2003 Articles

Oct 18

HOW TO BENCH PRESS 500 EASY

Posted by Doris Simmons on

Everyone strives for a goal, one of which may be a 500 bench. The problem is how do you achieve it? For me it was a mystery until I discovered a method of training known as the conjugate method. This is done along with the dynamic method with submaximal weights on a second day, 72 hours later. Today we have 29 people who have done at least 500, four who have done over 600, and the youngest person ever to bench 700. Here’s how. On Sunday we use the dynamic method. The weight is 55% of a contest max with...

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Oct 18

MORE BIG BENCHES

Posted by Doris Simmons on

I was proud to write the article ‘Three of a Kind”, which reported that Westside had three 600-pound benchers. Only a few years later we have eight 600-pound benchers, six of which bench 650 or more, with four others ready to join the club. How did three become eight? Its evolution of training methods. We are constantly searching for better ways. In the early 1990s, we had seven men who could bench 500, including Matt Dimel’s 575. Jesse KeIlum suggested that we do floor presses, board presses, and rack lock-outs. This enabled three of our lifters, all Juniors, to increase...

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Oct 18

OVERCOMING PLATEAUS

Posted by Doris Simmons on

Your squat is going nowhere. No matter what you do it won’t increase. What can you do? Well first, let’s find the real problem. It can be several things: form, exercise selection, volume, and the development of special strength, i.e., starting, accelerating, eccentric, concentric, reversal, static, and of course absolute. First, let’s talk about form, Box squatting is a must. Use a box that is slightly below parallel. Sit fully on the box, keeping all muscles tight, most importantly the abs and the obliques. By releasing only the hip muscles you are going from a relaxed state to a dynamic...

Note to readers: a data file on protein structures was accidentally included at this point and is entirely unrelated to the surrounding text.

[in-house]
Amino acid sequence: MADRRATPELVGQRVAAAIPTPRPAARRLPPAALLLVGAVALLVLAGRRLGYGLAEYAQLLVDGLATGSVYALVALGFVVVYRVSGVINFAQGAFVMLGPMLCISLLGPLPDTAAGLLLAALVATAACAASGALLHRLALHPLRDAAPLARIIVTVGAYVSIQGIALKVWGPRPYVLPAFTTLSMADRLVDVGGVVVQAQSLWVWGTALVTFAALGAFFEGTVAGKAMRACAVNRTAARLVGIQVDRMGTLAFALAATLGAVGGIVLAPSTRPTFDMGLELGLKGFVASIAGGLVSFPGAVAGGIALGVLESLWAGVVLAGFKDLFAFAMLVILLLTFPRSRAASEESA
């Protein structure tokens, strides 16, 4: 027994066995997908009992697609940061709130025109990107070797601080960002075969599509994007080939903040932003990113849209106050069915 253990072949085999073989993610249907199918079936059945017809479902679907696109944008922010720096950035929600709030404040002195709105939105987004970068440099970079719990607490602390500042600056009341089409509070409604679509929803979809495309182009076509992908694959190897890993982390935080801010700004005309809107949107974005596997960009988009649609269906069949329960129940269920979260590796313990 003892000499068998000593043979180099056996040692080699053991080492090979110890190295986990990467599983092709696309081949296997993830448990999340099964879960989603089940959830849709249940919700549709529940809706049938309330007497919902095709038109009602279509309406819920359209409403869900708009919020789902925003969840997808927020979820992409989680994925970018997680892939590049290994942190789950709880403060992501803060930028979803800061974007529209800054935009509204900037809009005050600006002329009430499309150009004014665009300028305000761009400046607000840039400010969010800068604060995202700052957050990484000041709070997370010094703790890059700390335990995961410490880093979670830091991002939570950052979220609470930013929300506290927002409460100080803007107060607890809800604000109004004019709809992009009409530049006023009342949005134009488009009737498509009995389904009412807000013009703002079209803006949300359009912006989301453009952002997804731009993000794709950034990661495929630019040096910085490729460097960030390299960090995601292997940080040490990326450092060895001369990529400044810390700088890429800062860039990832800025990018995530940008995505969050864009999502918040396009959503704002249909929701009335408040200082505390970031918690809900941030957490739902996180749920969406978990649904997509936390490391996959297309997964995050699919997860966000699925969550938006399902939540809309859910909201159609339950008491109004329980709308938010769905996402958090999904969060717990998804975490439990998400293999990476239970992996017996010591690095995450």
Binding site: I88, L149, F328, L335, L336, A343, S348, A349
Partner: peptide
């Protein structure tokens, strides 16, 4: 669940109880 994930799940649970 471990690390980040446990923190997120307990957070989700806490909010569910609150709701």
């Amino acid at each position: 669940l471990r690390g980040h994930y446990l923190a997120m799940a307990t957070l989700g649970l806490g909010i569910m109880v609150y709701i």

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Oct 18

OVERCOMING PLATEAUS PART 2: THE BENCH PRESS

Posted by Doris Simmons on

Everyone likes to bench press, but no one likes to get stuck. Not making progress is no fun and sometimes grounds for retirement. Only the strong at heart will continue. But should anyone ever stall out? The answer is no. The problem is if you do the same training, you will get the same results. There are basically four reasons for falling or succeeding: physiological, psychological, technical, and exercise selection. Let’s talk about psychological. Don’t have deadbeats hanging around you. Stay in a positive mental state. If your training partner can’t hang, no matter what their age, give them the...

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Oct 18

OVERCOMING PLATEAUS PART 3: THE DEADLIFT

Posted by Doris Simmons on

Squat and bench press records are continually being set in recent years. It’s easy to see why. Most federations have a 24-hour weigh-in rule, which is a positive thing for the health of the lifter. It is easy to rehydrate in 24 hours, which results in fewer cramps and muscle pulls and tears. In the old days, it was common for lifters to pass out while squatting or to drop the squat bar because they were dizzy. And, of course, the more you weigh; the more you can squat or bench. In addition, the introduction of power suits, groove briefs,...

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Oct 18

CHAIN REACTION: ACCOMMODATING LEVERAGES

Posted by Doris Simmons on

Because the human body is stronger at some positions than at others, we are limited as to the amount of weight we can use in a certain movement. For instance, you may be able to do a quarter squat with 600 lbs, but you may be able to only full squat 400 pounds. We all know through practical experience that while doing a simple curl, at the start of the movement, is very hard, whereas at the finish it is somewhat easier because of changing leverage. This problem was first addressed around 1900 by Max Herz. His solution was the...

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